• Frequency of Grooming – Just like a significant change in your cat’s diet, a change in the frequency of your cat’s grooming can also be an indicator. Your cat may significantly groom itself lesser than usual because it may be feeling lethargic and pain all over. It can also be that your cat may be grooming itself more than usual because there’s a wound or abrasion in its skin and the licking helps in alleviating the pain.
  • Activity – Observe your cat if he/she is extra “lazy” today. If your cat does not move around like he/she used to, then maybe there’s a problem. If your cat is not as energetic and playful, he/she may be feeling some pain if he/she moves around.

    Cats have a tendency to sleep off the pain or hide from everyone else when they are in pain. Watch out for this kind of behavior, it may mean the feeling of pain for your cats.
  • Litter – If your cat is potty trained, you will be surprised to see him/her veer away from his/her litter box and excrete waste outside of the litter box. There are many underlying reasons that may cause this change in behavior, all pointing to the pain that your cat may be feeling.

    Your cat may be feeling the pain around the back and is having a hard time achieving the posture needed to excrete waste the right way. Broken bones may lead to your cat struggling to get up the litter box, etc., A behavioral change like this is in need of immediate attention and observation. Or maybe you have a small litter box, and your need a litter box for larder cats.

Body Functions

  • Breathing Pattern – Cat breathing fast and slow patterns can indicate if your cat is in pain. If your cat breathes a lot faster than usual, or your cat is struggling to breathe, then there might be a problem that you should attend to.

    Watch over your cat’s torso area to recognize any significant change in your cat’s breathing pattern. It is not that difficult to discern if there is an abnormality in the way that your cat breathes.
  • Heart Rates and Pulse Rates – Bodily functions such as heart rates and pulse rates can also become indicative of your cat’s wellbeing and health. Although looking at your cat's heart rate and pulse rate may require some skills you have to learn, it will be really helpful if you know how to get your cat's heart rate and pulse rate.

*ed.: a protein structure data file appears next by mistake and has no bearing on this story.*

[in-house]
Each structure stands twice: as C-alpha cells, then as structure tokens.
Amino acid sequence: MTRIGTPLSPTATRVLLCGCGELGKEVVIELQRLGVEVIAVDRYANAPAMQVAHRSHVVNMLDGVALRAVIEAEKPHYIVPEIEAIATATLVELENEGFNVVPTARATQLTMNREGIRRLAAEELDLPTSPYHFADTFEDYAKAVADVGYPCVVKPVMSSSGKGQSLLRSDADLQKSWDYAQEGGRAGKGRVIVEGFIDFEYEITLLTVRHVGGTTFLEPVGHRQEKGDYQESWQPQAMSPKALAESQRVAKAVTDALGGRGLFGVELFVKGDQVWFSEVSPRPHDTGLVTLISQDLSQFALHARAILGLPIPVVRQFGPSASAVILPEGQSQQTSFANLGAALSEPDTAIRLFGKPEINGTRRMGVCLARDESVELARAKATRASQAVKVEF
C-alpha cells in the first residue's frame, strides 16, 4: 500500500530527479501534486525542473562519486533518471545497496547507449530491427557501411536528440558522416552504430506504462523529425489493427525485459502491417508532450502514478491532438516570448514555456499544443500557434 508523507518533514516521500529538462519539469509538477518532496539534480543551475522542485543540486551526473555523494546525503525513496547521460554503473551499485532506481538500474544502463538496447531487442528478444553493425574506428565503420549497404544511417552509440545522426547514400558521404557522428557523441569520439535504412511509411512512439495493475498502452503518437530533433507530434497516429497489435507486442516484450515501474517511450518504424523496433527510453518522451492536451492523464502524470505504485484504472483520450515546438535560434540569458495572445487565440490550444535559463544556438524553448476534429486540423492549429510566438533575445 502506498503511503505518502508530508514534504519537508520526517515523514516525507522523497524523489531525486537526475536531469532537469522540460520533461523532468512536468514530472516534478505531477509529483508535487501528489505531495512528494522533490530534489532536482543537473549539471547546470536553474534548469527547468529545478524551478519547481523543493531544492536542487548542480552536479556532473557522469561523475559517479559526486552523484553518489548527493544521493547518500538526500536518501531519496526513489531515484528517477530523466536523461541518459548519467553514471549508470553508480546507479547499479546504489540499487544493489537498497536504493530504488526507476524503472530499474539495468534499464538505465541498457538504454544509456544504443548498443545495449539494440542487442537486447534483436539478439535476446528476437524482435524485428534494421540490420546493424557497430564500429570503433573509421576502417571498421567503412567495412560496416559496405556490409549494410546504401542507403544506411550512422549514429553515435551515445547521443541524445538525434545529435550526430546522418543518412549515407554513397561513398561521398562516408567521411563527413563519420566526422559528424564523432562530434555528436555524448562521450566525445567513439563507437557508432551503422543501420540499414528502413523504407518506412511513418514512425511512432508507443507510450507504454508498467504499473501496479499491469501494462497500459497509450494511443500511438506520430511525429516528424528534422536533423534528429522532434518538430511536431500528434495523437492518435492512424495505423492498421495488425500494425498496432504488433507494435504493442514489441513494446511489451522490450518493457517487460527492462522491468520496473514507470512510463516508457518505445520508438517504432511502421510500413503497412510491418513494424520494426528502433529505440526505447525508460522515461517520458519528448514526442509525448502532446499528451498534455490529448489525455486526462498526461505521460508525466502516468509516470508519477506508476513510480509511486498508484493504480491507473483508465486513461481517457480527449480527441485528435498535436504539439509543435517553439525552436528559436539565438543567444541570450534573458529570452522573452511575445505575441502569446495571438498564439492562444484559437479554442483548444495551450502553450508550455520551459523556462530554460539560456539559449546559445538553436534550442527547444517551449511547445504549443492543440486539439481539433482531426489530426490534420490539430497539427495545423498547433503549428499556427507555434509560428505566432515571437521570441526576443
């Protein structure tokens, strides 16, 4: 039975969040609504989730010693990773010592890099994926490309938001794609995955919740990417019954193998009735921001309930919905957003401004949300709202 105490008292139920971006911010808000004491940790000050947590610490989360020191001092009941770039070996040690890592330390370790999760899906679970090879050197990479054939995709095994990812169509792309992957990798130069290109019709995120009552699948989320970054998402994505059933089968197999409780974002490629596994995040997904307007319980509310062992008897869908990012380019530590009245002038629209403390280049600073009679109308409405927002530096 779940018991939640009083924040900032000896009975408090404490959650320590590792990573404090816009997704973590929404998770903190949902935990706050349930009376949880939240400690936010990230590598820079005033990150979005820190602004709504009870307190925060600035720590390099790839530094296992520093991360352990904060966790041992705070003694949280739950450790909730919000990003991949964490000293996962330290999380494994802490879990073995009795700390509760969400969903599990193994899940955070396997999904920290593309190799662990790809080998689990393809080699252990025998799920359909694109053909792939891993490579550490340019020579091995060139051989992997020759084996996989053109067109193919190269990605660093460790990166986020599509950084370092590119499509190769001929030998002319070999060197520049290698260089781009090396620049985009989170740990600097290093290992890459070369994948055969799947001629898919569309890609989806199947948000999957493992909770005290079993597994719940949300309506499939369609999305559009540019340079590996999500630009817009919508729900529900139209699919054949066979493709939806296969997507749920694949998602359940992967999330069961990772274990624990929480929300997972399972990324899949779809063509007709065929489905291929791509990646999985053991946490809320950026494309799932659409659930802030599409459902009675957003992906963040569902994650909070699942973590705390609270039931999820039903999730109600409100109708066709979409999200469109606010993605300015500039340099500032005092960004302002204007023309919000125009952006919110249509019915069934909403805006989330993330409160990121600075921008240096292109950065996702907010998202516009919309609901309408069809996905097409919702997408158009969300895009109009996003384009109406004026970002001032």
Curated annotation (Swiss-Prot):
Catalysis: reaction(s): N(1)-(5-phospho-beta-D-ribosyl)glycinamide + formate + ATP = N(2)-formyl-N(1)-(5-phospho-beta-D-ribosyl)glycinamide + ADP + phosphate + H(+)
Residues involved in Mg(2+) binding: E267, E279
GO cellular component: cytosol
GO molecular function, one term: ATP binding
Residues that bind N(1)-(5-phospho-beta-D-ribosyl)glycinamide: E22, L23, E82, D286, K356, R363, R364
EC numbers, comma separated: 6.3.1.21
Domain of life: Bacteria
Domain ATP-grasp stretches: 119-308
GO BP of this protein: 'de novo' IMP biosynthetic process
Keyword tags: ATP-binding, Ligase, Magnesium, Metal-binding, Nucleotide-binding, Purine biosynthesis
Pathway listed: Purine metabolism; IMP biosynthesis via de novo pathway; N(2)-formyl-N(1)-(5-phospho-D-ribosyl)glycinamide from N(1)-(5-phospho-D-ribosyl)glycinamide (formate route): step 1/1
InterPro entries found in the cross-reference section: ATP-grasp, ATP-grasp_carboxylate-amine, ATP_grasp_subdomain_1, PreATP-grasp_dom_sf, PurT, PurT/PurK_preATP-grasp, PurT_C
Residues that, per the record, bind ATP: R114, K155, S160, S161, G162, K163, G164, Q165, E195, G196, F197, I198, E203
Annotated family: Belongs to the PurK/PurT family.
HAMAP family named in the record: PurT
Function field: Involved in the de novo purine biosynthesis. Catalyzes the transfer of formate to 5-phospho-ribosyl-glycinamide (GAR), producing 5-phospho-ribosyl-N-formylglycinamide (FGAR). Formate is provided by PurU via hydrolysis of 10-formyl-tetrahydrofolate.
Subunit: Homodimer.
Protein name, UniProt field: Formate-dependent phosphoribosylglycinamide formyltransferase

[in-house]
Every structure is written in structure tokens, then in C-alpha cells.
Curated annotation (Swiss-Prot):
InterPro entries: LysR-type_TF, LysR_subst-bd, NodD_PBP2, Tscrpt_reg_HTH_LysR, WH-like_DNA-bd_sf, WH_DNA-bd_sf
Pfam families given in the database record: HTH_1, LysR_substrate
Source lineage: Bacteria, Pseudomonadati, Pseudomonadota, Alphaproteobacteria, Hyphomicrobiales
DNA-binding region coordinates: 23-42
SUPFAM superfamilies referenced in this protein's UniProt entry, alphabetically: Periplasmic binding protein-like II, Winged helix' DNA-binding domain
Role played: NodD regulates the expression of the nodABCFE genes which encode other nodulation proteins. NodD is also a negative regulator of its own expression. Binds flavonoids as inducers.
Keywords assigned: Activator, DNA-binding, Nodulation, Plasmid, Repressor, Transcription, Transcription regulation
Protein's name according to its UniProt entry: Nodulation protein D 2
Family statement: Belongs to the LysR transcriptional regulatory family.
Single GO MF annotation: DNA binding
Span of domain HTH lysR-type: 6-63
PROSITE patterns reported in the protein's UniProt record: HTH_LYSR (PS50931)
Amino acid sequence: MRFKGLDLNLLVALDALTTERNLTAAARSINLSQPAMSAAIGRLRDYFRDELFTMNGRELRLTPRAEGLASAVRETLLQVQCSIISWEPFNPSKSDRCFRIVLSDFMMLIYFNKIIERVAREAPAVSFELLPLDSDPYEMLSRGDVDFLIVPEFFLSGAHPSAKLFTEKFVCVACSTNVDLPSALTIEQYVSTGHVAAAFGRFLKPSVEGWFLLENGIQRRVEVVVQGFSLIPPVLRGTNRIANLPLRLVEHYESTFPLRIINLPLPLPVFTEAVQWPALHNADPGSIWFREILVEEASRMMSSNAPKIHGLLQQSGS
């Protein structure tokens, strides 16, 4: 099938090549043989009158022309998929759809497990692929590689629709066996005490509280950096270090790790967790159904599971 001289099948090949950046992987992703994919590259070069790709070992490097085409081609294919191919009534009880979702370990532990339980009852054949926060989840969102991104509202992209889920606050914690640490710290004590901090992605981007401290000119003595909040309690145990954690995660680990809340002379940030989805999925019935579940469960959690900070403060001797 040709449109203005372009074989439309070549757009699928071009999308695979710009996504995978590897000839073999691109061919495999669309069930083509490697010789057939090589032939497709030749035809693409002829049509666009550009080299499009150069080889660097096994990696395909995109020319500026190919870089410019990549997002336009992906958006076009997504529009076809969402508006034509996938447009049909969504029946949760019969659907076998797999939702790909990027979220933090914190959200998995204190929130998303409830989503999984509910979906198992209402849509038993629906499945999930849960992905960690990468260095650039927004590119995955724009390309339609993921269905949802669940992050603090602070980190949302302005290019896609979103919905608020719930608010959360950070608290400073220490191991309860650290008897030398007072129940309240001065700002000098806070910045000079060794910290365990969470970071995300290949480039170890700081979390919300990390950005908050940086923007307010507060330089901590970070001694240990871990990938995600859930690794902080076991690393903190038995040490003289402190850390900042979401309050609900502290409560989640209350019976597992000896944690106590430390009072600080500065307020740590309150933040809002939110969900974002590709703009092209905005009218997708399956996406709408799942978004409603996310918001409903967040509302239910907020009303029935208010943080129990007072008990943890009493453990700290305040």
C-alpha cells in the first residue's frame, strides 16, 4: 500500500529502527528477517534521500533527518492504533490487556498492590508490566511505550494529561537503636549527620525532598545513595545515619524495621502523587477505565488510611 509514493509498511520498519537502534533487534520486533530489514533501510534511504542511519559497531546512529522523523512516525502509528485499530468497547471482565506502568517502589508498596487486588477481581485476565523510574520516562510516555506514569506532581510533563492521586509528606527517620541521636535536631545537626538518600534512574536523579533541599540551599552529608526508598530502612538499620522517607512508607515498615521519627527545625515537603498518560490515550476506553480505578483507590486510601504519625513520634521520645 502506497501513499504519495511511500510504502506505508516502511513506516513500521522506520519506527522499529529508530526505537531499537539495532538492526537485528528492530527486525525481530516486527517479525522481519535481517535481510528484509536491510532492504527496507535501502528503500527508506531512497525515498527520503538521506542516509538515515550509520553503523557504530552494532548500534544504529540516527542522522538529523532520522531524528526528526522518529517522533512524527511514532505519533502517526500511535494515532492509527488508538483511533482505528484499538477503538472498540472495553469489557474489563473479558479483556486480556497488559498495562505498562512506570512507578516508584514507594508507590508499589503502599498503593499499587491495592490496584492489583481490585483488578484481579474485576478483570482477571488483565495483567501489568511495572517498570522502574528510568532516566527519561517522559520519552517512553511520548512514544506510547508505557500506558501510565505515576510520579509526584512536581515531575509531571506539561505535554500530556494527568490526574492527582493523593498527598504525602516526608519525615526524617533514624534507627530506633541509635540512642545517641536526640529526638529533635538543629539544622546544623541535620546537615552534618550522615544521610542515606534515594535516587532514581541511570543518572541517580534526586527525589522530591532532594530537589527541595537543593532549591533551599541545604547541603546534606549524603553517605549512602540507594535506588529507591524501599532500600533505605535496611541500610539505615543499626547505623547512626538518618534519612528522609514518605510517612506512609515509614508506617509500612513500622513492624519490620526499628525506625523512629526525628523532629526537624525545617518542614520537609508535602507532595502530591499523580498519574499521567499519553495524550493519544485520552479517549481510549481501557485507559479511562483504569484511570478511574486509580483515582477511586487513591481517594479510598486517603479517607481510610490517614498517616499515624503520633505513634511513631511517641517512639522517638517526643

What you can do is go to your local veterinary and ask them to teach you how to get your pet’s heart rate and pulse rate.

Pain, Pain Go Away!

There is so much that we can do for our cats. Paying attention to their needs especially if they are feeling quite unwell is very important. As responsible human companions, we should take the time to get to know our cats. Knowing our cats and spending time with them is the best way to be able to easily detect the things mentioned above.

Acting fast is the key, if we notice something unusual with our feline companion, then we should really take things seriously and find out any problems that your cat may be encountering and may be even trying to communicate with you.

Deciding to get a cat entails responsibilities, we should do our part.

Rebecca Welters

Yes, I am that weird cat lady with 200 cats and live in the darkest corner of the city where no one dares to go! Joking! But I am a cat lover and have 2 Ragdoll cats called Toby, he's 3 years old and Dory, she's 8 years old. I'm 36 years old and live in the quiet town of Washington.

Click Here to Leave a Comment Below 0 comments

Leave a Reply: